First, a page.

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Author Archives: goldenspiral

Here We Go

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Before blogging became popular, digital communities took many forms, including Usenet, commercial online services such as GEnie, BiX and the early CompuServe, e-mail lists[15] and Bulletin Board Systems (BBS). In the 1990s, Internet forum software, created running conversations with “threads”. Threads are topical connections between messages on a virtual “corkboard”.

From 14 June 1993 Mosaic Communications Corporation maintained their “What’s New”[16] list of new websites, updated daily and archived monthly. The page was accessible by a special “What’s New” button in the Mosaic web browser.

The modern blog evolved from the online diary, where people would keep a running account of their personal lives. Most such writers called themselves diarists, journalists, or journalers. Justin Hall, who began personal blogging in 1994 while a student at Swarthmore College, is generally recognized as one of the earlier bloggers,[17] as is Jerry Pournelle.[18] Dave Winer’s Scripting News is also credited with being one of the older and longer running weblogs.[19][20] The Australian Netguide magazine maintained the Daily Net News[21] on their web site from 1996. Daily Net News ran links and daily reviews of new websites, mostly in Australia. Another early blog was Wearable Wireless Webcam, an online shared diary of a person’s personal life combining text, video, and pictures transmitted live from a wearable computer and EyeTap device to a web site in 1994. This practice of semi-automated blogging with live video together with text was referred to as sousveillance, and such journals were also used as evidence in legal matters.

New Writing

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A majority are interactive, allowing visitors to leave comments and even message each other via GUI widgets on the blogs, and it is this interactivity that distinguishes them from other static websites.[2] In that sense, blogging can be seen as a form of social networking service. Indeed, bloggers do not only produce content to post on their blogs, but also build social relations with their readers and other bloggers.[3] There are high-readership blogs which do not allow comments, such as Daring Fireball.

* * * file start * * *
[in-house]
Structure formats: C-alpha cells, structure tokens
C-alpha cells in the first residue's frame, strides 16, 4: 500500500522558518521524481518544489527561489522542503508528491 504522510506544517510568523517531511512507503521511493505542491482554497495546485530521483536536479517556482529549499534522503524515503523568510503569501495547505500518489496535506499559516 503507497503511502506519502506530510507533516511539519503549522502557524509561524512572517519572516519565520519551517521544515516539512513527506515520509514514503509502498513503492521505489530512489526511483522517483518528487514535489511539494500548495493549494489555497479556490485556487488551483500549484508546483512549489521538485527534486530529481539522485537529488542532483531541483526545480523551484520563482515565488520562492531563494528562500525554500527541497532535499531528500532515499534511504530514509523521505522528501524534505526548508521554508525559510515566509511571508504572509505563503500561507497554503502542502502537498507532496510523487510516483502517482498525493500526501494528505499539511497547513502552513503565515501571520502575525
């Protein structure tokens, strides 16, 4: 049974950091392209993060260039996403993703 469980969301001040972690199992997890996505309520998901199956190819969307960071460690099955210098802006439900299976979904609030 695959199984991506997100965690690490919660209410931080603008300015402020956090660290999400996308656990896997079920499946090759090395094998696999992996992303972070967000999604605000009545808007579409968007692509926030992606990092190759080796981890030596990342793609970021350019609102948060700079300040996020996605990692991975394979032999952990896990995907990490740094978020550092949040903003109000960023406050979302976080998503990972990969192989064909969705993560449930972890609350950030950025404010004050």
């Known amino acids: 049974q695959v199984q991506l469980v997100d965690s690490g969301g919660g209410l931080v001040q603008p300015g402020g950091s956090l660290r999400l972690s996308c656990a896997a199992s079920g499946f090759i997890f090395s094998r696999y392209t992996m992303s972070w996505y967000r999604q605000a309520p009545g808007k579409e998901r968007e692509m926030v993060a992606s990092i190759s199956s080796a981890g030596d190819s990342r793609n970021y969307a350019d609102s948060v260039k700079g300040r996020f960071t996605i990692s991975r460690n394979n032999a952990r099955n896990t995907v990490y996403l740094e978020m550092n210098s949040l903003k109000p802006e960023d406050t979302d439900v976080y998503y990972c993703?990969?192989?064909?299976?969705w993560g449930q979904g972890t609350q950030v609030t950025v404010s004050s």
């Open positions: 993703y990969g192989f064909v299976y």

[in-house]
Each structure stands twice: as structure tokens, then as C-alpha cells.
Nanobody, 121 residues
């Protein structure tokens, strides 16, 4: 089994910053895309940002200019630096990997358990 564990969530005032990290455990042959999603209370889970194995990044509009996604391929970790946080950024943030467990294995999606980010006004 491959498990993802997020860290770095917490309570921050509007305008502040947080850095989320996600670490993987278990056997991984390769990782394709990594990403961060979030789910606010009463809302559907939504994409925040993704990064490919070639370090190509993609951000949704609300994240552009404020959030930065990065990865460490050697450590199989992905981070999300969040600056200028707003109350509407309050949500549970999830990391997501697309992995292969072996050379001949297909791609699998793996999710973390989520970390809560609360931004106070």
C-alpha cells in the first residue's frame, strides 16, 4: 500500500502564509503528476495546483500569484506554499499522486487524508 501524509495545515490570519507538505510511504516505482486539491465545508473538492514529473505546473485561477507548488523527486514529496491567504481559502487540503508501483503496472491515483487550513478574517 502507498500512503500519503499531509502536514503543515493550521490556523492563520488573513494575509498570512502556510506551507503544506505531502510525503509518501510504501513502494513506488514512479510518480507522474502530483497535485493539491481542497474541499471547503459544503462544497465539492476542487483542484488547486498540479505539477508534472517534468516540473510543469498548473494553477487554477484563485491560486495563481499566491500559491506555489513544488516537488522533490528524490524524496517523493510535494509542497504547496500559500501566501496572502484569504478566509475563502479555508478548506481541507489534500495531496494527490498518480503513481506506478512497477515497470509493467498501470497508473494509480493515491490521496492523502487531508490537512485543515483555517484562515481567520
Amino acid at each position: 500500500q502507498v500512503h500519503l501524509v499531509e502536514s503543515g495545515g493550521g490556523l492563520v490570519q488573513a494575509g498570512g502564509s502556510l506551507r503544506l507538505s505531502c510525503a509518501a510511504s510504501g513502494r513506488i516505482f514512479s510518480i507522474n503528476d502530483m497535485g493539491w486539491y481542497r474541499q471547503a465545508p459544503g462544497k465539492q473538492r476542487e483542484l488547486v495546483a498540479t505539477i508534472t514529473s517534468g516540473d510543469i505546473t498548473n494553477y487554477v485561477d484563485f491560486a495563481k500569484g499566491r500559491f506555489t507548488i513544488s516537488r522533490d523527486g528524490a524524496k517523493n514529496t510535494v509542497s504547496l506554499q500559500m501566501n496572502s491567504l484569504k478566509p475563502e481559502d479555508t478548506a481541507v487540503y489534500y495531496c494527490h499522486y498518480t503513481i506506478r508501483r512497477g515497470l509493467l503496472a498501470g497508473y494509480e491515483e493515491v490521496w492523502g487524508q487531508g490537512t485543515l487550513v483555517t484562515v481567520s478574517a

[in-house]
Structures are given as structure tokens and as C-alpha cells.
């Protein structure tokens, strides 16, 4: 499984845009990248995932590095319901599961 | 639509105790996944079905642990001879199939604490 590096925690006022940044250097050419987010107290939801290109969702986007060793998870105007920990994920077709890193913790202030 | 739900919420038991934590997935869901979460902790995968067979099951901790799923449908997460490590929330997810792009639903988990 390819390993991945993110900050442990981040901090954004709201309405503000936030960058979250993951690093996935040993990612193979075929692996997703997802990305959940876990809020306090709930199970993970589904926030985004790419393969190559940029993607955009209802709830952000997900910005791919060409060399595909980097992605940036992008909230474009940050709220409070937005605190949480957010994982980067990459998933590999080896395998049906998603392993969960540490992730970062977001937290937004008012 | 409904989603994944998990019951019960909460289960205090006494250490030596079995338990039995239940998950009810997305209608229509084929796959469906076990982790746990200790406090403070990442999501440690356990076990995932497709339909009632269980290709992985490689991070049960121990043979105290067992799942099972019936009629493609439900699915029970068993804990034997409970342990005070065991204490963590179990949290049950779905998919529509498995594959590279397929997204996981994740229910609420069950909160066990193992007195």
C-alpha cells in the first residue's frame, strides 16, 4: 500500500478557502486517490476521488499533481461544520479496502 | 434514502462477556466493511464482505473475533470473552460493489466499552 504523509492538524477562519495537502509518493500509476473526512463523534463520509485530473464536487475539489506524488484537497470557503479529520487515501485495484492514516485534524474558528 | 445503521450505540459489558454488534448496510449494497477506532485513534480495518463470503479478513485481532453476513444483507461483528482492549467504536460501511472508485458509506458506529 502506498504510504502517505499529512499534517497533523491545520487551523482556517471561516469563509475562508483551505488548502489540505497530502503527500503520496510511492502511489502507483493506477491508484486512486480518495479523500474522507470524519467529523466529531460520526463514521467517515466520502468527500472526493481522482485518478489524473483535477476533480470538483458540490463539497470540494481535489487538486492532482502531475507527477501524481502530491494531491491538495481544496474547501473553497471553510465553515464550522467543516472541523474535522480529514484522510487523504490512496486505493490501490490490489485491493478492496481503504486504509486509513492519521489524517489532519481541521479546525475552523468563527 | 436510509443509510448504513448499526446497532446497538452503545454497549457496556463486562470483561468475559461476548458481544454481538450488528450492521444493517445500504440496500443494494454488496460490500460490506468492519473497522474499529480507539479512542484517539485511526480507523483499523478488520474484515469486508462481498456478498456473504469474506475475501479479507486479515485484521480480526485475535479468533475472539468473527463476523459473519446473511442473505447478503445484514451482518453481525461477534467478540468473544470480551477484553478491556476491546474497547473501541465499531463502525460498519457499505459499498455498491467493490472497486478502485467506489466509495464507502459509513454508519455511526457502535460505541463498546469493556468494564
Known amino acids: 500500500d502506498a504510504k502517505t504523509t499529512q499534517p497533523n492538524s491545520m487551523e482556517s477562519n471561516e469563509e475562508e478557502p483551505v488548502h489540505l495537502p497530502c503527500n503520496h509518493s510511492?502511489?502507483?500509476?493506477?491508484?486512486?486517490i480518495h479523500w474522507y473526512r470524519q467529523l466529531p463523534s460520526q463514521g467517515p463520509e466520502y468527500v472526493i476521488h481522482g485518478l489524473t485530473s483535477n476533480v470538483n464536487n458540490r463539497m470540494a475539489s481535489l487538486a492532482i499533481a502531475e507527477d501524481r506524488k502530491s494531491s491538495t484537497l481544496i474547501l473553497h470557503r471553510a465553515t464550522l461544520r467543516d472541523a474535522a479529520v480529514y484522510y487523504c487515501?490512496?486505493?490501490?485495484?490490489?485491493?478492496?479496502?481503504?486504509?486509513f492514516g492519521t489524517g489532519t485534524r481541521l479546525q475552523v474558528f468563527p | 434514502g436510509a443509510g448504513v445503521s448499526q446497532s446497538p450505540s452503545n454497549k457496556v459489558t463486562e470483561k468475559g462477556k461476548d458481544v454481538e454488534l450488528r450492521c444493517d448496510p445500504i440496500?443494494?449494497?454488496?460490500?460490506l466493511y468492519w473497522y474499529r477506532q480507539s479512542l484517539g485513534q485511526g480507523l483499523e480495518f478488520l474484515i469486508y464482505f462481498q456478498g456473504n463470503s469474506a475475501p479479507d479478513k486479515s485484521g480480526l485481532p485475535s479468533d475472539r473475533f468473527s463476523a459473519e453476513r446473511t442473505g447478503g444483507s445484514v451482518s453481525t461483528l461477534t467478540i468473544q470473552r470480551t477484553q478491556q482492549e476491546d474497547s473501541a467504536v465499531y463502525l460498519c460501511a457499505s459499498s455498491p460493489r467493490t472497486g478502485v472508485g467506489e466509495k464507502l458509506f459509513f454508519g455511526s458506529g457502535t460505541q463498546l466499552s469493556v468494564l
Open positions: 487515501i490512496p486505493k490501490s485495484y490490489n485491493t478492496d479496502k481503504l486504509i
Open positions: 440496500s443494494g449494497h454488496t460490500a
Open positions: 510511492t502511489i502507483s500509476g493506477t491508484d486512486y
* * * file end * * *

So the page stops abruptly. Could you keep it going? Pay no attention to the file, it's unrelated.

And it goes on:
Many blogs provide commentary on a particular subject; others function as more personal online diaries; others function more as online brand advertising of a particular individual or company. A typical blog combines text, images, and links to other blogs, Web pages, and other media related to its topic. The ability of readers to leave comments in an interactive format is an important contribution to the popularity of many blogs. Most blogs are primarily textual, although some focus on art (art blogs), photographs (photoblogs), videos (video blogs or “vlogs”), music (MP3 blogs), and audio (podcasts). Microblogging is another type of blogging, featuring very short posts. In education, blogs can be used as instructional resources. These blogs are referred to as edublogs.

Blog Post

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A blog (a truncation of the expression web log)[1] is a discussion or informational site published on the World Wide Web and consisting of discrete entries (“posts”) typically displayed in reverse chronological order (the most recent post appears first). Until 2009 blogs were usually the work of a single individual, occasionally of a small group, and often covered a single subject. More recently “multi-author blogs” (MABs) have developed, with posts written by large numbers of authors and professionally edited. MABs from newspapers, other media outlets, universities, think tanks, advocacy groups and similar institutions account for an increasing quantity of blog traffic. The rise of Twitter and other “microblogging” systems helps integrate MABs and single-author blogs into societal newstreams. Blog can also be used as a verb, meaning to maintain or add content to a blog.

Hello world!

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Welcome to WordPress. This is your first post. Edit or delete it, then start blogging!